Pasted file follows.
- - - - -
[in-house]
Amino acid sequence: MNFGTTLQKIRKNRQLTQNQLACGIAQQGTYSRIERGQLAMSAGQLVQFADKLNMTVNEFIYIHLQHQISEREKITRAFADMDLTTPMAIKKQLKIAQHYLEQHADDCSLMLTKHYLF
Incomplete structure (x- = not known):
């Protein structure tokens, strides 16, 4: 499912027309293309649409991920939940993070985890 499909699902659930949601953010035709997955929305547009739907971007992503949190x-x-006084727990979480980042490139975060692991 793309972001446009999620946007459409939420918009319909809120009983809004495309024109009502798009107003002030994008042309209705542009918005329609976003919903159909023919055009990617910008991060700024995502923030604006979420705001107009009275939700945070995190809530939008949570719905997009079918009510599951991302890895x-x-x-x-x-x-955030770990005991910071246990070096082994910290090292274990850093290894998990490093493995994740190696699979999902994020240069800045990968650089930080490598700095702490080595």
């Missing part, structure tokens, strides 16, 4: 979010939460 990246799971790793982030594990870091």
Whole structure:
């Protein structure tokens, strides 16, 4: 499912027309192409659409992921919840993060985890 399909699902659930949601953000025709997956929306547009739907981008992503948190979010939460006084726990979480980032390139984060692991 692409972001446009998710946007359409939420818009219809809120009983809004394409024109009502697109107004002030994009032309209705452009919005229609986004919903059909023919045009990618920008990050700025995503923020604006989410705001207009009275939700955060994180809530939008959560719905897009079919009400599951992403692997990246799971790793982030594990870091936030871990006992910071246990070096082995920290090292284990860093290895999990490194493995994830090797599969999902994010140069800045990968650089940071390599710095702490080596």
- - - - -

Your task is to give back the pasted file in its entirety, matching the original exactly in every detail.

[in-house]
Amino acid sequence: MNFGTTLQKIRKNRQLTQNQLACGIAQQGTYSRIERGQLAMSAGQLVQFADKLNMTVNEFIYIHLQHQISEREKITRAFADMDLTTPMAIKKQLKIAQHYLEQHADDCSLMLTKHYLF
Incomplete structure (x- = not known):
């Protein structure tokens, strides 16, 4: 499912027309293309649409991920939940993070985890 499909699902659930949601953010035709997955929305547009739907971007992503949190x-x-006084727990979480980042490139975060692991 793309972001446009999620946007459409939420918009319909809120009983809004495309024109009502798009107003002030994008042309209705542009918005329609976003919903159909023919055009990617910008991060700024995502923030604006979420705001107009009275939700945070995190809530939008949570719905997009079918009510599951991302890895x-x-x-x-x-x-955030770990005991910071246990070096082994910290090292274990850093290894998990490093493995994740190696699979999902994020240069800045990968650089930080490598700095702490080595």
């Missing part, structure tokens, strides 16, 4: 979010939460 990246799971790793982030594990870091």
Whole structure:
């Protein structure tokens, strides 16, 4: 499912027309192409659409992921919840993060985890 399909699902659930949601953000025709997956929306547009739907981008992503948190979010939460006084726990979480980032390139984060692991 692409972001446009998710946007359409939420818009219809809120009983809004394409024109009502697109107004002030994009032309209705452009919005229609986004919903059909023919045009990618920008990050700025995503923020604006989410705001207009009275939700955060994180809530939008959560719905897009079919009400599951992403692997990246799971790793982030594990870091936030871990006992910071246990070096082995920290090292284990860093290895999990490194493995994830090797599969999902994010140069800045990968650089940071390599710095702490080596």